Objectives We report on the first ever analysis of a UK cohort of workers with blood lead level measurements that was assembled in the late 1970s.
Method As an alternative to mean and maximum blood lead levels, we carried out an exposure assessment that assigned workers to high, medium or low exposure to lead. We additionally assessed whether workers would be exposed to an important level of relevant co-carcinogens.
Results 3466 deaths were observed among 7770 men and 1352 women. The SMRs for all causes (109, 95% CI 105–112) and all malignant neoplasms (113,107–120) were significantly raised. SMRs for oesophageal, stomach, bladder, brain and kidney cancer and non-malignant kidney disease were not raised, but were raised for lung cancer (142,129–157). The SMR for circulatory diseases (105,99–100) was of borderline significance. No trends were observed for mean or maximum blood lead level or assessed lead exposure for any of the cancers of a priori interest, but a significant association was found for circulatory diseases (ischaemic heart disease) with mean and maximum blood lead level.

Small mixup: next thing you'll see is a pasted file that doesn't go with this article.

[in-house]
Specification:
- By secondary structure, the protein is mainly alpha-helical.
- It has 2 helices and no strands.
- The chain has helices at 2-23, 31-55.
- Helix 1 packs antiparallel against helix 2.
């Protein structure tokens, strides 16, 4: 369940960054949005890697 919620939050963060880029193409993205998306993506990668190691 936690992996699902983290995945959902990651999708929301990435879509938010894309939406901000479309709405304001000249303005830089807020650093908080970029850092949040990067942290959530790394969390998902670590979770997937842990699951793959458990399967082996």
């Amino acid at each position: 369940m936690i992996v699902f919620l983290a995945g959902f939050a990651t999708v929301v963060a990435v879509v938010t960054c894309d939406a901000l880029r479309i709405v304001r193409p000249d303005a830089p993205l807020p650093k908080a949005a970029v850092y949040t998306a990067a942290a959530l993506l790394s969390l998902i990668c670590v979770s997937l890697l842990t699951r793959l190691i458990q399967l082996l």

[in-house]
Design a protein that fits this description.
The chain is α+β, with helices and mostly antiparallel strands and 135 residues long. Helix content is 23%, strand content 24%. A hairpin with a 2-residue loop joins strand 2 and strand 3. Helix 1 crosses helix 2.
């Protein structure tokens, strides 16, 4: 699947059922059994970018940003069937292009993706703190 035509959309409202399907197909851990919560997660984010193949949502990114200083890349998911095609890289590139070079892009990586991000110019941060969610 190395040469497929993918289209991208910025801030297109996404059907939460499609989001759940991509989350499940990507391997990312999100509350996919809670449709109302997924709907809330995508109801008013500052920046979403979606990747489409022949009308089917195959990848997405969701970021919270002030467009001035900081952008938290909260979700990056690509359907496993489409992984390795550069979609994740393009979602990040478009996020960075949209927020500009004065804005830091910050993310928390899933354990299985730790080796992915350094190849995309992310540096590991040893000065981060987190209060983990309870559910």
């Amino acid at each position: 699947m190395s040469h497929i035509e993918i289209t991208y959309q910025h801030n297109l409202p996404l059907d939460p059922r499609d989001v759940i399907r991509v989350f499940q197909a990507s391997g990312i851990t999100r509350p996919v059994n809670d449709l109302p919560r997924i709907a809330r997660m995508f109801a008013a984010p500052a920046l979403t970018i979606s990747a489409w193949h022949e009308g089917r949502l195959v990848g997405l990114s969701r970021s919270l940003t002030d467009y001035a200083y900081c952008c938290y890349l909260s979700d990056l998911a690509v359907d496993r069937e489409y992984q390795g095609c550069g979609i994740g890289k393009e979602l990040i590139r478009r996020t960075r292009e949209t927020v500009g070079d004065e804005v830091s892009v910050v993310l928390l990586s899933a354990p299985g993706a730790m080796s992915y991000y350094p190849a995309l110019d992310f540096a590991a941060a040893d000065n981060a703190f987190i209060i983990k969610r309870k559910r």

Conclusions The excess of lung cancer is possibly to be due to tobacco smoking. This study provides strong evidence to support an association between increased lead exposure and increased risk of ischaemic heart disease mortality. The study is, however, limited by the lack of complete occupational histories for the included participants.
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